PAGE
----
How are transactions verified in PoS?

In the proof-of-stake system, transactions get verified by nodes that hold coins on their wallets. In a PoS system, network nodes deposit “stakes” of tokens for a certain period in exchange for the chance to be chosen to produce the next block. The chosen node – also known as the “validator” – will get the block rewards in the form of the network’s native currency.

It’s also a more environmentally friendly approach to verifying transactions. It benefits the network in two ways: individuals with fewer computing resources are more likely to own crypto coins, which is more energy-efficient.

To begin, cryptocurrency owners must stake their coins and create their validator nodes. Staking is the process of pledging your coins as a means of verifying transactions. While you’re staking them, your coins are locked up, but you may unstake them if you want to trade them.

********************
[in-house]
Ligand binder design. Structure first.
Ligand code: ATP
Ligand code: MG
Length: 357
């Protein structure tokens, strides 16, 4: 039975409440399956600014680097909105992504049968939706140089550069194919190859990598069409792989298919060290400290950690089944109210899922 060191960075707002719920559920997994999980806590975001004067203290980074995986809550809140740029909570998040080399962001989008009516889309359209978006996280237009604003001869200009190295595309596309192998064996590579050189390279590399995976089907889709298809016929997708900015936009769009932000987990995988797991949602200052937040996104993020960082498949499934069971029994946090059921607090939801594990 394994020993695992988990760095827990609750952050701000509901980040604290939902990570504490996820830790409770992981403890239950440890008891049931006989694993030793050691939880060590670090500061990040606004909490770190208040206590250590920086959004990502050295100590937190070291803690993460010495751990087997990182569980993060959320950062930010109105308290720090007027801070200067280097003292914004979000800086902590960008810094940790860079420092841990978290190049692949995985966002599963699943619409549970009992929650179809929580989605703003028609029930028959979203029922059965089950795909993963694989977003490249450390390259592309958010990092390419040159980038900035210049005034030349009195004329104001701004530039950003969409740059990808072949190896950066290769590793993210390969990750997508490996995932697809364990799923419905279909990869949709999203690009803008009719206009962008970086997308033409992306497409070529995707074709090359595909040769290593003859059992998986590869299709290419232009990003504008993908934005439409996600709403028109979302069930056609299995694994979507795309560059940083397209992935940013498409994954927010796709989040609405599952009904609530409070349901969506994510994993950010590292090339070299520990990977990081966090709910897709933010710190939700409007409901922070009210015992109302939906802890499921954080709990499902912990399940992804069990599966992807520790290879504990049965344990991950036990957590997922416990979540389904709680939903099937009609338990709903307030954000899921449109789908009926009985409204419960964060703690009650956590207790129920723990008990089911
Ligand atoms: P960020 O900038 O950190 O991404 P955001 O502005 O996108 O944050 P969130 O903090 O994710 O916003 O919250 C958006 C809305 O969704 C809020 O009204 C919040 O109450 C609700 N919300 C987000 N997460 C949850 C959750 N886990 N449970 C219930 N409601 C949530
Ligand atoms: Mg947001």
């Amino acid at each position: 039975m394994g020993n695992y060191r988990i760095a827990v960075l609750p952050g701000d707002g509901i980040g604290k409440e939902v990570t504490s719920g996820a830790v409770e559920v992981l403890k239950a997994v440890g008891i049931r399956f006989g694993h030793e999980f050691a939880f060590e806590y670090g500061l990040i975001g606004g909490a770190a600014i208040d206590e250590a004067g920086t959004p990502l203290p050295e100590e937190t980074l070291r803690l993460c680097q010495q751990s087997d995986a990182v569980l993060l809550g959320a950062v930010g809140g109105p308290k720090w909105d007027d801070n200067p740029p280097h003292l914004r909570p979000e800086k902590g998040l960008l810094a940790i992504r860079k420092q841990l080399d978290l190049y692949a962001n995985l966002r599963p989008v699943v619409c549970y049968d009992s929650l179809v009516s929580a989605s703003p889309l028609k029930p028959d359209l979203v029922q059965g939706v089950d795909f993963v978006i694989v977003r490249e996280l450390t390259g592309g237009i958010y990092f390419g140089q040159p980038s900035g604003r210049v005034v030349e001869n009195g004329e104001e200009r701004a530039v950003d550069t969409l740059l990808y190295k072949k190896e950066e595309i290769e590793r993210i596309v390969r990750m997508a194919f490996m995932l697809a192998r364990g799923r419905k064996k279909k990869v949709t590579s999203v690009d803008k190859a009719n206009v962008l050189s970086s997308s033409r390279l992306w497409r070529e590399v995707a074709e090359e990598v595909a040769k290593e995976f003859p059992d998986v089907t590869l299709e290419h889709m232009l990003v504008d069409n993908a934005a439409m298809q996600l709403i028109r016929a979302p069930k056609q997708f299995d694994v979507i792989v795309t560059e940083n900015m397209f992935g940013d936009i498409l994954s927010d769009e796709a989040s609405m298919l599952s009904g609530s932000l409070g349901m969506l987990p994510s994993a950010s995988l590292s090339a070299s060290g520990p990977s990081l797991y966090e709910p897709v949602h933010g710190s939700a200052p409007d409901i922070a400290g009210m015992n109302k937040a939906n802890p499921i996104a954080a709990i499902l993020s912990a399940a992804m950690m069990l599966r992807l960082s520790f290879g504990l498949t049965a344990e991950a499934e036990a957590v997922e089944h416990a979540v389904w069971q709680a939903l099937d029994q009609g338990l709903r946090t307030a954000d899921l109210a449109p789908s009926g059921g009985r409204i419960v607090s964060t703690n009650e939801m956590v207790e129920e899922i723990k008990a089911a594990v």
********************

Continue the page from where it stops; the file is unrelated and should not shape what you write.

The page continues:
The second stage in verifying a transaction is referred to as approval voting. Each peer receives a brand-new transaction and creates the Merkle root from all transactions within that block. A Merkle root is a mathematical way to ensure that the data in a Merkle tree are whole, undamaged, and not changed. All participants will get a reward in the native cryptocurrency and it is distributed in proportion to the amount of crypto they staked. 

Which is better? PoS or PoW?

Proof of Stake and Proof of Work are two consensus algorithms largely used in the cryptocurrency industry. Proof of Work is a system where the miners get paid for how much work they do. Proof of Stake may be more effective since it does not require expensive equipment to mine coins or validate transactions. They both have their pros and cons, with one being more secure and the other being more scalable. 

However, there have been attempts to breach this form of cryptocurrency in the past. Thus, if you’re looking to invest in cryptocurrencies long-term, do your research and decide which option works best for you. The bottom line is that it all depends on your investment plan.